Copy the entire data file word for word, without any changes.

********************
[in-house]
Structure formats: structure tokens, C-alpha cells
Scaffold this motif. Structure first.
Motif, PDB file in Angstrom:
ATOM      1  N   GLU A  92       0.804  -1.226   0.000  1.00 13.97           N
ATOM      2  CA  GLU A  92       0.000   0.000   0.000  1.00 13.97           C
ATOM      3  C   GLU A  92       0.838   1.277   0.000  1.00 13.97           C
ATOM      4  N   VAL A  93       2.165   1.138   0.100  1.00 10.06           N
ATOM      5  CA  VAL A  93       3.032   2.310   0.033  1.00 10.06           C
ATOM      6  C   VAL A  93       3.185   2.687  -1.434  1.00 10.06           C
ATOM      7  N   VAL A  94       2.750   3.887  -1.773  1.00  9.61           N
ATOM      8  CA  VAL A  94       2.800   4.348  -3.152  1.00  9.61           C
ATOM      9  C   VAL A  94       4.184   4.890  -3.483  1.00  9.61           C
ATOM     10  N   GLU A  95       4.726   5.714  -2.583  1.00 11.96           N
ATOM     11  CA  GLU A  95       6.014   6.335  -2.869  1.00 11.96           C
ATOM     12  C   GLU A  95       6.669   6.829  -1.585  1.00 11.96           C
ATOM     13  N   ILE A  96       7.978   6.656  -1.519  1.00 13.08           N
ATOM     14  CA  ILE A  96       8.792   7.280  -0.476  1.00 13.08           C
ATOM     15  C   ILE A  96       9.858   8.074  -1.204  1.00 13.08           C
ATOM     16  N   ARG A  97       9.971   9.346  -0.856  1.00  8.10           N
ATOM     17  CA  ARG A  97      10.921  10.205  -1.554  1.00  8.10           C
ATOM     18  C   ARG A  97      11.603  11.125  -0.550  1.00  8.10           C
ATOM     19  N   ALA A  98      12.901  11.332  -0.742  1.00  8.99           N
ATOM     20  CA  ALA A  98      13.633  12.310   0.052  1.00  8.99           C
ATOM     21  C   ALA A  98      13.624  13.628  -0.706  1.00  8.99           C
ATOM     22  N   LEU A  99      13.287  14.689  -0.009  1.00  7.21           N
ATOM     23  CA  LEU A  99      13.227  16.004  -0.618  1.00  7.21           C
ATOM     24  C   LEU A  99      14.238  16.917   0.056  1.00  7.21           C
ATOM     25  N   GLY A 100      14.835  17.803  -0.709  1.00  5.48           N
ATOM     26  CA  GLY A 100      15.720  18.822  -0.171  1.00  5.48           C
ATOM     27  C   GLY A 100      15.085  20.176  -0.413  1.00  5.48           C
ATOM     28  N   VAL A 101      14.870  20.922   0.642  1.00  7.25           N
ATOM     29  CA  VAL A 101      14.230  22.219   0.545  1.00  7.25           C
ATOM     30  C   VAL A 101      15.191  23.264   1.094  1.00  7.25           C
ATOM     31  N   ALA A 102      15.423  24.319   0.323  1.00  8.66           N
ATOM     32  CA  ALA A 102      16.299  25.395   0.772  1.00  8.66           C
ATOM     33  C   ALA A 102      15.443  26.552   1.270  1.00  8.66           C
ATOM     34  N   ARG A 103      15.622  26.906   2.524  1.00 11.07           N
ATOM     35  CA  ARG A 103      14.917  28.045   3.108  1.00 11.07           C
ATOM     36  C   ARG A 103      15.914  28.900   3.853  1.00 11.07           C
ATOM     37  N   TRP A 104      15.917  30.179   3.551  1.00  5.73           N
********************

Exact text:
[in-house]
Structure formats: structure tokens, C-alpha cells
Scaffold this motif. Structure first.
Motif, PDB file in Angstrom:
ATOM      1  N   GLU A  92       0.804  -1.226   0.000  1.00 13.97           N
ATOM      2  CA  GLU A  92       0.000   0.000   0.000  1.00 13.97           C
ATOM      3  C   GLU A  92       0.838   1.277   0.000  1.00 13.97           C
ATOM      4  N   VAL A  93       2.165   1.138   0.100  1.00 10.06           N
ATOM      5  CA  VAL A  93       3.032   2.310   0.033  1.00 10.06           C
ATOM      6  C   VAL A  93       3.185   2.687  -1.434  1.00 10.06           C
ATOM      7  N   VAL A  94       2.750   3.887  -1.773  1.00  9.61           N
ATOM      8  CA  VAL A  94       2.800   4.348  -3.152  1.00  9.61           C
ATOM      9  C   VAL A  94       4.184   4.890  -3.483  1.00  9.61           C
ATOM     10  N   GLU A  95       4.726   5.714  -2.583  1.00 11.96           N
ATOM     11  CA  GLU A  95       6.014   6.335  -2.869  1.00 11.96           C
ATOM     12  C   GLU A  95       6.669   6.829  -1.585  1.00 11.96           C
ATOM     13  N   ILE A  96       7.978   6.656  -1.519  1.00 13.08           N
ATOM     14  CA  ILE A  96       8.792   7.280  -0.476  1.00 13.08           C
ATOM     15  C   ILE A  96       9.858   8.074  -1.204  1.00 13.08           C
ATOM     16  N   ARG A  97       9.971   9.346  -0.856  1.00  8.10           N
ATOM     17  CA  ARG A  97      10.921  10.205  -1.554  1.00  8.10           C
ATOM     18  C   ARG A  97      11.603  11.125  -0.550  1.00  8.10           C
ATOM     19  N   ALA A  98      12.901  11.332  -0.742  1.00  8.99           N
ATOM     20  CA  ALA A  98      13.633  12.310   0.052  1.00  8.99           C
ATOM     21  C   ALA A  98      13.624  13.628  -0.706  1.00  8.99           C
ATOM     22  N   LEU A  99      13.287  14.689  -0.009  1.00  7.21           N
ATOM     23  CA  LEU A  99      13.227  16.004  -0.618  1.00  7.21           C
ATOM     24  C   LEU A  99      14.238  16.917   0.056  1.00  7.21           C
ATOM     25  N   GLY A 100      14.835  17.803  -0.709  1.00  5.48           N
ATOM     26  CA  GLY A 100      15.720  18.822  -0.171  1.00  5.48           C
ATOM     27  C   GLY A 100      15.085  20.176  -0.413  1.00  5.48           C
ATOM     28  N   VAL A 101      14.870  20.922   0.642  1.00  7.25           N
ATOM     29  CA  VAL A 101      14.230  22.219   0.545  1.00  7.25           C
ATOM     30  C   VAL A 101      15.191  23.264   1.094  1.00  7.25           C
ATOM     31  N   ALA A 102      15.423  24.319   0.323  1.00  8.66           N
ATOM     32  CA  ALA A 102      16.299  25.395   0.772  1.00  8.66           C
ATOM     33  C   ALA A 102      15.443  26.552   1.270  1.00  8.66           C
ATOM     34  N   ARG A 103      15.622  26.906   2.524  1.00 11.07           N
ATOM     35  CA  ARG A 103      14.917  28.045   3.108  1.00 11.07           C
ATOM     36  C   ARG A 103      15.914  28.900   3.853  1.00 11.07           C
ATOM     37  N   TRP A 104      15.917  30.179   3.551  1.00  5.73           N